International companies would do well to prepare to serve a new generation of bilinguals in the future. I predict that we’ll see a huge growth in the number of bilinguals, even in the stubbornly monolingual U.S. Why? The incredible mental advantages of bilingualism, the rising number of bilingual children, and the Chinese government.
Let me explain.
First, while in the past bilingualism was thought to inhibit learning, several recent studies have revealed the exact opposite. Essentially, as the New York Times put it, “being bilingual, it turns out, makes you smarter.” It improves cognitive abilities unrelated to language and even protects against dementia. And the earlier you learn a second language the better.
Language education in the U.S. is still pretty dismal, however. According to Scientific American, only a quarter of elementary schools offer some kind of language learning. Compare this to Europe where bilingualism is strong and growing. A recent European report shows that from 2005-2010, the percentage of European students learning a foreign language rose from 67.5% to 79.2%. Most European kids start learning another language at ages 6 to 9. (In Belgium, it starts at 3!). The most popular language to learn was English, followed by German and French.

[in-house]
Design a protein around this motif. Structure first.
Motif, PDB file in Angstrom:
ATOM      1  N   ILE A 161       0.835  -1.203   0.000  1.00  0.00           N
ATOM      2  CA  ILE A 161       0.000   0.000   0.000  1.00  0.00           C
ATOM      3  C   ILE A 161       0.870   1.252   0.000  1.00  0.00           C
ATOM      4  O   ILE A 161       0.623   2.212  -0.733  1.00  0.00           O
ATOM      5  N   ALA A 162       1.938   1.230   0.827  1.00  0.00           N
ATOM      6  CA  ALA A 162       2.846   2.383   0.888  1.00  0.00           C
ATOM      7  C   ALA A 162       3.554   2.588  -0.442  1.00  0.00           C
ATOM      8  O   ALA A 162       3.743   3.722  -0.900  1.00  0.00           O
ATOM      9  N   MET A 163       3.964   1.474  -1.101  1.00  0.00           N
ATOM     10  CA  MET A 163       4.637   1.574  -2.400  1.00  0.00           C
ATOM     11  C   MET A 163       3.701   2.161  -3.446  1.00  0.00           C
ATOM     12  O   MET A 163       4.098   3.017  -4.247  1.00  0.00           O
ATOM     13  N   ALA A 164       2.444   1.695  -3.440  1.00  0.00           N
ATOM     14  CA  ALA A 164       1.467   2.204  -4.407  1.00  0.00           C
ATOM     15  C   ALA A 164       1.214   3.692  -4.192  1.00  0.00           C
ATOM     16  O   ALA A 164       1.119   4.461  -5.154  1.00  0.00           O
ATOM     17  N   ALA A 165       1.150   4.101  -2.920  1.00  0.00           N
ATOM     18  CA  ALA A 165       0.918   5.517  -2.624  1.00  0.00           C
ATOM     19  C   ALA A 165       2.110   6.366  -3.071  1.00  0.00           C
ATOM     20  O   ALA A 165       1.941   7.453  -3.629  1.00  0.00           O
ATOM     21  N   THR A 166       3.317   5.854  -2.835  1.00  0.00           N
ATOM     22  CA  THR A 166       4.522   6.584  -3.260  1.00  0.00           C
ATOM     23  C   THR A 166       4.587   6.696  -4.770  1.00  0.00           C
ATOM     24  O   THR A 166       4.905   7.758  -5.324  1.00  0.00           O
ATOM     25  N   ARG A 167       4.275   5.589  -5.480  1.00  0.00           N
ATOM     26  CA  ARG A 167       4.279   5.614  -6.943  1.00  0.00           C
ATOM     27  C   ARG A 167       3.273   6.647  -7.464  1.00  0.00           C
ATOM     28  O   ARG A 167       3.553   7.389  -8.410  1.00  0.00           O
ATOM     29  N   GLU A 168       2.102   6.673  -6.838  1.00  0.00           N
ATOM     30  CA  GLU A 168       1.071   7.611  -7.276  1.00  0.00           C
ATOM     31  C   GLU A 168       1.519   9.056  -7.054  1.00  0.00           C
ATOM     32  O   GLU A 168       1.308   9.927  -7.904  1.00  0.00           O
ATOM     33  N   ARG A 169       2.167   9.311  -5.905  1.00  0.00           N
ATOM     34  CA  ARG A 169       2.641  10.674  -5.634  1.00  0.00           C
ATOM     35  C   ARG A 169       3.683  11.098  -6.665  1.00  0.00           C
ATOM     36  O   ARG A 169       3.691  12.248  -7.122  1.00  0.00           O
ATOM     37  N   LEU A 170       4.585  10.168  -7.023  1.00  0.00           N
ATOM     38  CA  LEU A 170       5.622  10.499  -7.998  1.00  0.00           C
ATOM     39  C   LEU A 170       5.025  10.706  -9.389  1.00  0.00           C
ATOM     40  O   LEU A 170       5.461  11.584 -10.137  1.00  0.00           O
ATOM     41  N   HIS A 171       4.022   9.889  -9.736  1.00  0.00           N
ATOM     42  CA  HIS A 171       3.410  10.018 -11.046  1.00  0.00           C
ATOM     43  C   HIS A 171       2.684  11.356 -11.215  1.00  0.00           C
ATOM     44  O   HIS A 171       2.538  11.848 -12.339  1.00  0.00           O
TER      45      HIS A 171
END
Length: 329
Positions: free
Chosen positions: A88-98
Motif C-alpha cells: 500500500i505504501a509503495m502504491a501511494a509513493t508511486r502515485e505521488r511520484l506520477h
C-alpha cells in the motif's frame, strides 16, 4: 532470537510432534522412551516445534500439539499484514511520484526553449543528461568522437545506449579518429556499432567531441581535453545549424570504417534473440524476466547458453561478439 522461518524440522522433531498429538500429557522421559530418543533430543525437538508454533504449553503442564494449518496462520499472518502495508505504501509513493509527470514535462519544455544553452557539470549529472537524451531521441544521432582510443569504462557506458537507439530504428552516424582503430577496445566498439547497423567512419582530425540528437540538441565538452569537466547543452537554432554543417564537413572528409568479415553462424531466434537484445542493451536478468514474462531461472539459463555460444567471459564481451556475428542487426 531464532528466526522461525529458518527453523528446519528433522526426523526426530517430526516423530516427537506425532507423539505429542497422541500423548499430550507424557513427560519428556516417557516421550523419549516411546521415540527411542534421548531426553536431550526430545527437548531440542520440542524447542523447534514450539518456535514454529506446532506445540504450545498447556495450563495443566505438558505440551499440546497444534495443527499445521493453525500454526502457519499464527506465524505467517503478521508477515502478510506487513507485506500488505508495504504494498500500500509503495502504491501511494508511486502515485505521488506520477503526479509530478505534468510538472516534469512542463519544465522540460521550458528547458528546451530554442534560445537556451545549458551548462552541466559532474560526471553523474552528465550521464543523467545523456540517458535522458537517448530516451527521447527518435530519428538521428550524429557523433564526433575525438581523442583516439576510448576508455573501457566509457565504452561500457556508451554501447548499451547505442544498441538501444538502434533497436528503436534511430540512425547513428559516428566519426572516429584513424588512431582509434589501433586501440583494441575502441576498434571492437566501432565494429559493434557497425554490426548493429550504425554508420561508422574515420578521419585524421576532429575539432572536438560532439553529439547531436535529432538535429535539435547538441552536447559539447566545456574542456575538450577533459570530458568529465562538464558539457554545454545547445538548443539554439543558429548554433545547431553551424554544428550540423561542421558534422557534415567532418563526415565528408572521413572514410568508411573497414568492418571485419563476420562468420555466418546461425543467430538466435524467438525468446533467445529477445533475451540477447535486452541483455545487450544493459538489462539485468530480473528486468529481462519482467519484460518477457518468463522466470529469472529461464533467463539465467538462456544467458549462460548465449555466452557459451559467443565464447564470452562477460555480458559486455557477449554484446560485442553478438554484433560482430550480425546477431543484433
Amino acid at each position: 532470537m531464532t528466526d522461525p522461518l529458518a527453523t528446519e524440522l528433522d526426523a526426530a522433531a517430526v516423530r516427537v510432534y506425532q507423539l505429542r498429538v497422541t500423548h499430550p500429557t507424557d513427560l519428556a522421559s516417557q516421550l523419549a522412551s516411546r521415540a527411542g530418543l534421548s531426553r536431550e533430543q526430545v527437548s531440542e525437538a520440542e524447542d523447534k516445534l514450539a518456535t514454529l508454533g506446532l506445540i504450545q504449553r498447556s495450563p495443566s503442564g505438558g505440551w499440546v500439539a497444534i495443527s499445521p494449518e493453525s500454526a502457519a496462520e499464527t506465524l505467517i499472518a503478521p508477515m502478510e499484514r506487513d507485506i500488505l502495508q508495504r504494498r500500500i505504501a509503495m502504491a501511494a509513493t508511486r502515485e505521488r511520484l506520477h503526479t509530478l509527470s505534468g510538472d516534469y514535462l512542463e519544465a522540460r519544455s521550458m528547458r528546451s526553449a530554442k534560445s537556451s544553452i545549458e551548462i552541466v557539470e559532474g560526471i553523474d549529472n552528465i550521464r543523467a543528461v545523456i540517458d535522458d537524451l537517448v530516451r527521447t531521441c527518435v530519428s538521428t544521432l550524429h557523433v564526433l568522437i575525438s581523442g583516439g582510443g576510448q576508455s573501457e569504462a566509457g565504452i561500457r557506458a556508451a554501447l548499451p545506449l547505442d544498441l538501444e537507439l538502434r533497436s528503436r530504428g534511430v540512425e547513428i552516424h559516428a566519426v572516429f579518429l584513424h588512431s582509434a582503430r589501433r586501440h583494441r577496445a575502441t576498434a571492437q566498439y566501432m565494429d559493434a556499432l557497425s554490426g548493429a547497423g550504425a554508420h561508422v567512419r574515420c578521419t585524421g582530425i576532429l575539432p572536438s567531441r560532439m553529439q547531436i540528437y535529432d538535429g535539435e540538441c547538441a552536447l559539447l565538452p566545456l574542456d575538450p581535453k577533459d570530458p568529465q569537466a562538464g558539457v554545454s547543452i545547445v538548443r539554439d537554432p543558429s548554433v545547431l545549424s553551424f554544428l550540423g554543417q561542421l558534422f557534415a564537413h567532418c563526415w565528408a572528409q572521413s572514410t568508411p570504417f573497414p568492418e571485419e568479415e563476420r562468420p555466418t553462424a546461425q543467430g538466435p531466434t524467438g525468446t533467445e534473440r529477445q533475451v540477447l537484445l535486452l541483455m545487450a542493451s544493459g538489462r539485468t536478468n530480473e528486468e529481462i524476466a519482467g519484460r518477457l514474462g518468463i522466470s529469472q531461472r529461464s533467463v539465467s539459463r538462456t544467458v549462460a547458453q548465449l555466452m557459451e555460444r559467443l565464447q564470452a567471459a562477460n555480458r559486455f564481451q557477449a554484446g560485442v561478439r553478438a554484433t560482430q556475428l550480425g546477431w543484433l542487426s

Approximately 50% of European adults are bilingual, compared to only 9% of U.S. adults, reports Scientific American. But another stat shows that will change: 21% of U.S. children speak another language at home, according to the National Center for Education Statistics. Put that together with the bilingual benefit studies and so-called helicopter parents who want every educational advantage for their kids, and we should see a push for more second language learning in the U.S., at least in private schools and lessons, if not in public school classrooms.
And the Chinese government is here to help! ABC recently reported that China and its Hanban/Confucius Institute is helping to fund Mandarin teaching programs in nearly 300 U.S. primary and middle schools and 75 universities. It’s part of a worldwide effort spanning 88 countries to promote the Chinese language and culture. In the U.S., the programs are not without controversy as some more paranoid people worry about indoctrinating children into communism. But I tend to agree with David Worthington from Smartplanet that this is more of a cultural exchange like “the Chinese equivalent of the U.S. Peace Corp.”
It’s also a smart marketing move on China’s part. More Chinese speakers mean more visitors to China, more people who want to watch Chinese movies, read Chinese literature, and buy a whole range of Chinese-made goods. Of course, Mandarin has a long way to go before eclipsing Spanish as the most popular second language in the U.S., but it’s a trend worth watching. USC noted that enrollments in Chinese language courses grew 51% from 2001-2006, and the Hanban/Confucius Institute didn’t even start until 2004.
So get ready for the bilingual future. More Europeans might be speaking English, but the Americans are learning Mandarin.